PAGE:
It's, Like, Metro...But Natural. Get It?
Nebulous weather, traffic congestion as fun-filled as a bout of irritable bowel syndrome, 34 different types of weezing nether-precipitation between momentary sunbreaks, and the most resolutely annoying drivers in North America weren't enough to keep people away. Drastic measures were needed.
On Friday, the City of Seattle unveiled an absolutely brilliant plan to keep people from migrating to it, one which will also be effective in cutting down on the number of unwanted visitors. It's called the "metronatural" campaign, and it is the city's new slogan. It's perfect. The last slogan, "SayWA" (can you "say WA?") was an abject failure in forestalling an overwhelming increase in terrible tourists, transients, and refugees looking to mooch off the Puget Sound's goodness while stealing land and parking spaces and hassling our spiritually enlightened inhabitants. As you can imagine, the search for a more noxious prophylactic to kick off an aggressive ad campaign was understandably urgent. It was time for a change.
"Come Visit Puke City" was a strong early entrant, but the anarcho-commissariat rejected it as too obvious and because it might attract out-of-town pukers, who are only allowed in specially designated areas. "The Other Shanghai" would've worked beautifully against the rest of America, but some Asians pointed out it would have an undesireable effect on their relatives. "The Respiratory Mold Capital of America," while perfectly accurate, was too technical. My personal favorite was "Lawyer Up, You Tourist Fucks" but the committee felt it overtly hostile and lacking in stealth. "Lichen Up Your Selves" was too upbeat. Surprisingly, my own inelegant throw-away submission, "Die, Eco-Nazis, Die!" made it into the semi-finals, but eco-nazis had infiltrated the panel. They tore off their $200 flannel shirts and stomped on them in rage, so there was little point in further debate.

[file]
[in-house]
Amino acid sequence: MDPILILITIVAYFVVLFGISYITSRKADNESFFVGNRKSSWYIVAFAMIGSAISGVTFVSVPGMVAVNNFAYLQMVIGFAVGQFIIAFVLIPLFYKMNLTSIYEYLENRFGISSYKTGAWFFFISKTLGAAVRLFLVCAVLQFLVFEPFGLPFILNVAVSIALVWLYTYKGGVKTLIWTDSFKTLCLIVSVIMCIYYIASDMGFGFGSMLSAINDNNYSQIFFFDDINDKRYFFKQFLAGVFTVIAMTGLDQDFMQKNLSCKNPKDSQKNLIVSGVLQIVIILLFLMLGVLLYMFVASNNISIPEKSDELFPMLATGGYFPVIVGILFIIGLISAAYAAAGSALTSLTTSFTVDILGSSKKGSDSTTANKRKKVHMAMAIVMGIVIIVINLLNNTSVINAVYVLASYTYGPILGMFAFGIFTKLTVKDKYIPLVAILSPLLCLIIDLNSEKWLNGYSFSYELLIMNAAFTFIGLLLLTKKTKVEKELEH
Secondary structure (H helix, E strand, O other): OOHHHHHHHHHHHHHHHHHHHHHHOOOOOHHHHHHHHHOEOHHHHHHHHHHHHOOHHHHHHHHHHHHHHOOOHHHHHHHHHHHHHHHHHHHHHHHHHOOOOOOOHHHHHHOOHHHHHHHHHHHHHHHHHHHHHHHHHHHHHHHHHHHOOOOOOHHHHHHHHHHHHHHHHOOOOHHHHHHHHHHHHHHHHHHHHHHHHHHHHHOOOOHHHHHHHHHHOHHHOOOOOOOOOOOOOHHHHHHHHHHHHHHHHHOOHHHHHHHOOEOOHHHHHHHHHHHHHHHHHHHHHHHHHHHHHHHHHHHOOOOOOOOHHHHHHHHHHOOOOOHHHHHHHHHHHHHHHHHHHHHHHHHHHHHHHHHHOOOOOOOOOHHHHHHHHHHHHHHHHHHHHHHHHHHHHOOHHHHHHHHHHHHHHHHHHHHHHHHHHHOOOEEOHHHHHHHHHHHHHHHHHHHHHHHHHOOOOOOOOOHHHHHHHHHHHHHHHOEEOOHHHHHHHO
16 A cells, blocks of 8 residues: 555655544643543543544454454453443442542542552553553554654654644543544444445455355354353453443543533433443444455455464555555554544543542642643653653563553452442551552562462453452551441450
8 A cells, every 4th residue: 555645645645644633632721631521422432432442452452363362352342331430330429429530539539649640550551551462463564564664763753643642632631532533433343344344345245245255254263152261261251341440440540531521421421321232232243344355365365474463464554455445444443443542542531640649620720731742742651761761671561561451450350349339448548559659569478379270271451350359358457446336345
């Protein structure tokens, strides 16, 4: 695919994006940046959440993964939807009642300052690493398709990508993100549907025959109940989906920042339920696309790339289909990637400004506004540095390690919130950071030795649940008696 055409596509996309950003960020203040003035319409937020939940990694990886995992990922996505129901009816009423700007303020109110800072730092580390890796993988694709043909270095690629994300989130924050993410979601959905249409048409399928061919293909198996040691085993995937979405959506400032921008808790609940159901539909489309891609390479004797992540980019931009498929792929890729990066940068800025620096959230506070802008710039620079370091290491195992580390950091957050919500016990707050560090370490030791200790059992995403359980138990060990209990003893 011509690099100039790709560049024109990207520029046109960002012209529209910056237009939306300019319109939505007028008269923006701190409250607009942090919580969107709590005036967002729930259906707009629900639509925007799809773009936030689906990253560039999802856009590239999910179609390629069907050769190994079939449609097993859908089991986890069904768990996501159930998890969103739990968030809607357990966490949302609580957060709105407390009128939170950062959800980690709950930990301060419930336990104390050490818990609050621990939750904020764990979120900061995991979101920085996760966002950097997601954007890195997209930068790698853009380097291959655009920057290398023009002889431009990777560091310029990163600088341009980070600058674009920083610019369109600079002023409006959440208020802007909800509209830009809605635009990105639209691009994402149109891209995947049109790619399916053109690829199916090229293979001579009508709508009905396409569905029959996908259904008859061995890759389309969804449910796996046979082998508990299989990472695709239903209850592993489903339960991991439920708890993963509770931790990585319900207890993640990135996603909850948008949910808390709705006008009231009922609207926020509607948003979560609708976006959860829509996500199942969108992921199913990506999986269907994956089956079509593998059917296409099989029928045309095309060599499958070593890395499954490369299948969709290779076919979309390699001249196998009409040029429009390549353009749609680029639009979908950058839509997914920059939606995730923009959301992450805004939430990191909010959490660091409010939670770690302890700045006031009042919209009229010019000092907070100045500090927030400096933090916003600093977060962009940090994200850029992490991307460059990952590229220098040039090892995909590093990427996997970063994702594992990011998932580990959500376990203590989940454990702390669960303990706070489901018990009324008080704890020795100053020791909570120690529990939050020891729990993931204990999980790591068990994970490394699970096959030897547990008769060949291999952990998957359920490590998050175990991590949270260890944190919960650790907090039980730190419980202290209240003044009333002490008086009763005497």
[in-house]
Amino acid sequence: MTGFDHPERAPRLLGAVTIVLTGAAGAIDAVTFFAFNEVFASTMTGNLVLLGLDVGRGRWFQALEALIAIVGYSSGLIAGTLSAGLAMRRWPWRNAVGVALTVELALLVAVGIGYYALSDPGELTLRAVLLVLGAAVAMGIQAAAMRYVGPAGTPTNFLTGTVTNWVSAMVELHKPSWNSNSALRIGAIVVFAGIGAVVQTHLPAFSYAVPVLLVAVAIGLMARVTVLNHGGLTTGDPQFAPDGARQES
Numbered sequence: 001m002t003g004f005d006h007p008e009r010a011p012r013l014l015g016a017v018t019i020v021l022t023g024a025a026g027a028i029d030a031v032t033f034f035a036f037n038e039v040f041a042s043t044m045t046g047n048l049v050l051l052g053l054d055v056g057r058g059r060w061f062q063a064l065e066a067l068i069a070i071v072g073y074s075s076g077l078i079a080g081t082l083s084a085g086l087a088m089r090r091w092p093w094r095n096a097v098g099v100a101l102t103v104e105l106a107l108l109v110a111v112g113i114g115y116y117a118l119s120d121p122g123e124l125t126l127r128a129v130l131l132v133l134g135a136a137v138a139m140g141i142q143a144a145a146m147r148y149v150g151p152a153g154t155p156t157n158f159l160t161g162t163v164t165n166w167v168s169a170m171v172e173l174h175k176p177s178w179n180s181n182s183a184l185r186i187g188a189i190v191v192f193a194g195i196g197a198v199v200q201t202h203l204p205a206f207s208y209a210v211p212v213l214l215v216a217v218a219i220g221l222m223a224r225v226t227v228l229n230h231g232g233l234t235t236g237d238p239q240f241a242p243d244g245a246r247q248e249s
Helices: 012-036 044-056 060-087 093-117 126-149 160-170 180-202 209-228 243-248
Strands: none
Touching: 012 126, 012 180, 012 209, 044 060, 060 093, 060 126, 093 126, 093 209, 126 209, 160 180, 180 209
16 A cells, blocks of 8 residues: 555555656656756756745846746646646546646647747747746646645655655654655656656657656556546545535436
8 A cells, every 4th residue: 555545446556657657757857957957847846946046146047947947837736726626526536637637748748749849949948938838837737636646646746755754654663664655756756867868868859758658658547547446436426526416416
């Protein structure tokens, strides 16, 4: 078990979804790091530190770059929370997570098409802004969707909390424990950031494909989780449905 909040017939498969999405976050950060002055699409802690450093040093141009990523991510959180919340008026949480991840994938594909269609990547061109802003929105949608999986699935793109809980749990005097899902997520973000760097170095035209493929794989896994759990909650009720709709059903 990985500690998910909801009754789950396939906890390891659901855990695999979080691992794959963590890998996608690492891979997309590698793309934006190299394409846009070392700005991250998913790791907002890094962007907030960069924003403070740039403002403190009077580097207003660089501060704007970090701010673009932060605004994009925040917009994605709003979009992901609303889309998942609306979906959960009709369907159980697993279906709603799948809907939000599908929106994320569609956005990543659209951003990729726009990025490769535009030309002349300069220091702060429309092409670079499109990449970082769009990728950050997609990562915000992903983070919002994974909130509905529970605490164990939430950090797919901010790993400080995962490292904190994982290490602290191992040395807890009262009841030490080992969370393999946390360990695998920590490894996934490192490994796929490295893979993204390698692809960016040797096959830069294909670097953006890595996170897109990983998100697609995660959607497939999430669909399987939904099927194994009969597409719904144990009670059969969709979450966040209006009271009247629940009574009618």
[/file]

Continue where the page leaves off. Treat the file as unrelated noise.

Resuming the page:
The winning entrant had the inside track from the start. The city had wisely paid $200,000 to two homeless lesbians in Belltown (known by their street names, Mistress Shank and the Blob, doing business as 'Exclaim') to figure out what single word or phrase would repel the most people while still seeming to invite. "No problem," they said. "We personally repel everyone we meet on a daily basis. Fork over the money, you oppressive breeder, and you'll have your ad campaign."
Thus was born the metronatural ad campaign. 18-foot high letters spelling it out on the top of the Space Needle were unfurled to an incredulous world with all the confidence commensurate with previously unscaled heights of culture-jamming genius. I bow to the marketing acuity and bask in my metronaturality, savoring how the word stumbles off the tongue like a fumbling, embarrassed, failed bi-curious experiment gone horribly, gloriously wrong. Metronatural can be defined as the state achieved when failing to spot a transvestite in a strip club, and he/she/it sits on your lap and makes out with you for five whole minutes. Now that's metro-natural. Visit Seattle, and enjoy!